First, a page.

Paul Atterbury talks to Steven Parissien
Compton Verney Lecture – Art of War: Treasures Fashioned from Conflict
Thursday 25 September 2014
Blenheim Palace: The Marlborough RoomVenue
Television antiques expert Paul Atterbury and cultural historian Dr Steven Parissien discuss the astonishing artistic legacy of the First World War – from the large monuments to the small treasures of ‘trench folk art’ fashioned by serving soldiers. Atterbury, a regular on the BBC’s Antiques Roadshow, has written a new book, Antiques Roadshow: World War One in 100 Family Treasures, that features the stories and war memorabilia brought to the BBC’s experts during a series of special shows at the Somme to mark the centenary of the outbreak of World War I. Atterbury and Parissien will talk about the physical and psychological legacy of the war, the astonishing monuments and evocative art it inspired, and about the pieces of everyday equipment or ephemera that soldiers and sailors refashioned, adapted or engraved to try to humanise the hours and days between front-line action.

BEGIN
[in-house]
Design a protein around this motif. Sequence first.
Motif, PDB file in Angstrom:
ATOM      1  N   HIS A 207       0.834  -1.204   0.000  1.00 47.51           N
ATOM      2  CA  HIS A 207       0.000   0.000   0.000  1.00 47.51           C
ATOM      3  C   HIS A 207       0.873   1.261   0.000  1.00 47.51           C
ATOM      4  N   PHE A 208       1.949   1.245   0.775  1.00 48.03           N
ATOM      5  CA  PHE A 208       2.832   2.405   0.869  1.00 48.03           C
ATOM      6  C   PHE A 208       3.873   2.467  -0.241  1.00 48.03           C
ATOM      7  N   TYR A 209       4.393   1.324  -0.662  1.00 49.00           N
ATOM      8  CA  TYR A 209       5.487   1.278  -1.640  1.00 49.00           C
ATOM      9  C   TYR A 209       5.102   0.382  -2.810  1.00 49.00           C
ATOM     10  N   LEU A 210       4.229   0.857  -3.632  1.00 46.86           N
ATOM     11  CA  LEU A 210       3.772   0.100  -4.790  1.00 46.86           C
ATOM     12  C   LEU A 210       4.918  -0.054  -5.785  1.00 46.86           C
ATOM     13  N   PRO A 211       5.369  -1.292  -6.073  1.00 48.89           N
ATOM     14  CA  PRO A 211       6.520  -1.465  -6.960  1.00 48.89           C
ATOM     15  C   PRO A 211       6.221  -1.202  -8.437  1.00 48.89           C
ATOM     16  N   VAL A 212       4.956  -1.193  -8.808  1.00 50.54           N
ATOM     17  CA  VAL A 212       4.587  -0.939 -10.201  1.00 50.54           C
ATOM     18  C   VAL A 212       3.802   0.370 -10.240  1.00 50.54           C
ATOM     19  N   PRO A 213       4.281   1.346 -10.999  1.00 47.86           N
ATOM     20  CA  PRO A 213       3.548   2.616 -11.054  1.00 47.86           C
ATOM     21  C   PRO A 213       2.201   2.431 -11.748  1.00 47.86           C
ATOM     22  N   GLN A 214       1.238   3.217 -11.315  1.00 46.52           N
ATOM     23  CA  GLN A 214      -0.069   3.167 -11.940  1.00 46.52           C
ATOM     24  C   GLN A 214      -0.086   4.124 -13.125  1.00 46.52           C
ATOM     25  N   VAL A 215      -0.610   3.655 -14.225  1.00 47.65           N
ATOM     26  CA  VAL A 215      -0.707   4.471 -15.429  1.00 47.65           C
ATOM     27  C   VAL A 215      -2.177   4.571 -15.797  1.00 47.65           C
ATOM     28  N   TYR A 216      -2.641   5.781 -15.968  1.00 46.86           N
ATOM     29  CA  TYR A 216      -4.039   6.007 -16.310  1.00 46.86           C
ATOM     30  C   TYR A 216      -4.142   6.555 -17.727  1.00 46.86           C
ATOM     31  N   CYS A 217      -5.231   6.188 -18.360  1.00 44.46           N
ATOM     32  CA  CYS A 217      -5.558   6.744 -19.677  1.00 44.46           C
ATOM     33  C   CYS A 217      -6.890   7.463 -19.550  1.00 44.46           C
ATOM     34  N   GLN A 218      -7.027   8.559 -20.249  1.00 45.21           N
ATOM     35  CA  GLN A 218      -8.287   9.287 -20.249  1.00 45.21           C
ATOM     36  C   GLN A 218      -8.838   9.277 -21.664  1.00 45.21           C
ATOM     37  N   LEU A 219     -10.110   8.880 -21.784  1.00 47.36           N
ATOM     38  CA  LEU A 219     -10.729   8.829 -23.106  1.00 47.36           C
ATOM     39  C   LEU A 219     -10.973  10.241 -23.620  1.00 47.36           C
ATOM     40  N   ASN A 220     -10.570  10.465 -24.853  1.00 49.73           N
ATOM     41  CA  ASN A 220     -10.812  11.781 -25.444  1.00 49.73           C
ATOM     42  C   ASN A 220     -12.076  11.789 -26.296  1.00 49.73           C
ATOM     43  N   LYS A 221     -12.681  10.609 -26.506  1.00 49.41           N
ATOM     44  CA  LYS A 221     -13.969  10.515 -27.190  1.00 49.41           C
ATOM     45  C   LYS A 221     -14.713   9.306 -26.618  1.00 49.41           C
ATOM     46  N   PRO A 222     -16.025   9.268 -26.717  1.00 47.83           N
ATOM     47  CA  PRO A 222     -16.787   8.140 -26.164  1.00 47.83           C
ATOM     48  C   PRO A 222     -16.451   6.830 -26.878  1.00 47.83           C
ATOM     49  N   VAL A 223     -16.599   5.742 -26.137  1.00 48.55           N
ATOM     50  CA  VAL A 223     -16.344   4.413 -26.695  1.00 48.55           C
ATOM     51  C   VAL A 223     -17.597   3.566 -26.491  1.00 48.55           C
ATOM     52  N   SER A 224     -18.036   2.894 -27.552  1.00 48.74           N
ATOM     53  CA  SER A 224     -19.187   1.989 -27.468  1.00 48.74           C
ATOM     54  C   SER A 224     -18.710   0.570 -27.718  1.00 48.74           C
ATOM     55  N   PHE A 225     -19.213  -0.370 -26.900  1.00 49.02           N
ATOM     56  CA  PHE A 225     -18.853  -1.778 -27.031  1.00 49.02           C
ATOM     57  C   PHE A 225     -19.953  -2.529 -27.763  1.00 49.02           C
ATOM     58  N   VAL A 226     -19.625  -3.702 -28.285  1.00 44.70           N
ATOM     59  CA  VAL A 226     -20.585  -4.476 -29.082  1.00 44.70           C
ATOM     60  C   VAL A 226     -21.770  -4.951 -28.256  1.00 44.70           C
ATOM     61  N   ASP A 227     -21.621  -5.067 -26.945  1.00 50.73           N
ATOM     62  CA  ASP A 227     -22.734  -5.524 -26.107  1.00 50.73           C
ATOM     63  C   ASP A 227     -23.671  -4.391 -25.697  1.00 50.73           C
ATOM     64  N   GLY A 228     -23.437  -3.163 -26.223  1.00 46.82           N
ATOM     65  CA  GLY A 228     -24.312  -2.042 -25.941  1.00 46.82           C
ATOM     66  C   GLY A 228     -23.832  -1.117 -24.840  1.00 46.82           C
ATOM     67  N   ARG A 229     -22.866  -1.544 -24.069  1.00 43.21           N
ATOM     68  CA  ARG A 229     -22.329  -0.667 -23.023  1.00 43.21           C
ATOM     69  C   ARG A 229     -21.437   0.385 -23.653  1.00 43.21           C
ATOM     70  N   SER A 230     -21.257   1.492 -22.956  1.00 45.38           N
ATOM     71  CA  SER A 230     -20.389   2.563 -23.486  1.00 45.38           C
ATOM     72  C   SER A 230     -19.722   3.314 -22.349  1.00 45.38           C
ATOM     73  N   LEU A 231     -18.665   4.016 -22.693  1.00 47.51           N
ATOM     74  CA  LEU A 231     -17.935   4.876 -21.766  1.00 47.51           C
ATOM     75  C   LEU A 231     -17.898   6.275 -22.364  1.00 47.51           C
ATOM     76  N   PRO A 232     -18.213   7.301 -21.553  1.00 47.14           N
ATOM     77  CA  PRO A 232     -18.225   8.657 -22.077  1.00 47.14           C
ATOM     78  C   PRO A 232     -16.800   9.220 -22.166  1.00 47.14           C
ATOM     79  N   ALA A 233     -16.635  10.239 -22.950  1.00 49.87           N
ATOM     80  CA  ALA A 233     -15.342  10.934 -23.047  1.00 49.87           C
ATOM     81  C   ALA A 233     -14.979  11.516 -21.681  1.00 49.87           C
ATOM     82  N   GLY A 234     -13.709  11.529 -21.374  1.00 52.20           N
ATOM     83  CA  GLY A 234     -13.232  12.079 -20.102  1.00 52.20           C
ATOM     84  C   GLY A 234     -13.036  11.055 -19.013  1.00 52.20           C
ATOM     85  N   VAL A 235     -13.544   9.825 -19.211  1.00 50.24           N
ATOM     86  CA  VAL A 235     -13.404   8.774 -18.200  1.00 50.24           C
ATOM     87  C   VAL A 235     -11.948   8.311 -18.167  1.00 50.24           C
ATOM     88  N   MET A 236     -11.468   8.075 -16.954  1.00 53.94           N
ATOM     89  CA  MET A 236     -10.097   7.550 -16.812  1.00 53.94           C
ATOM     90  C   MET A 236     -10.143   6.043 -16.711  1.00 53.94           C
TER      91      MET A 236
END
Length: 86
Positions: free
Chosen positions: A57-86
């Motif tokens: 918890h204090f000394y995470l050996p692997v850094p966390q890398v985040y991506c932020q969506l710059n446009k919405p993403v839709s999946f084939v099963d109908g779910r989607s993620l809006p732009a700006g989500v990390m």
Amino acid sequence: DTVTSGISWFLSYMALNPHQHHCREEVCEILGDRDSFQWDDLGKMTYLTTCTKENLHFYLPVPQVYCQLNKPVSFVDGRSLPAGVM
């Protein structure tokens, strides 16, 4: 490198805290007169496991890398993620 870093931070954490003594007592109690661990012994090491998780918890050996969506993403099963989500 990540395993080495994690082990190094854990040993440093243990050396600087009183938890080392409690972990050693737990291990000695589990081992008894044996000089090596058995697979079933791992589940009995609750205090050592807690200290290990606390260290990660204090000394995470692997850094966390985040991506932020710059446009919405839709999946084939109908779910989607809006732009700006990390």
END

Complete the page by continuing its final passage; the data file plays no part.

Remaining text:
Atterbury is an expert in art, architecture, design and decorative arts of the 19th and 20th centuries. He regularly curates for the Victoria and Albert Museum and has written or edited more than 30 books, mostly on ceramics but also on railways and canals.
Parissien has written extensively on architectural and cultural history. He is the director of Compton Verney museum and gallery in Warwickshire.
Presented by Compton Verney.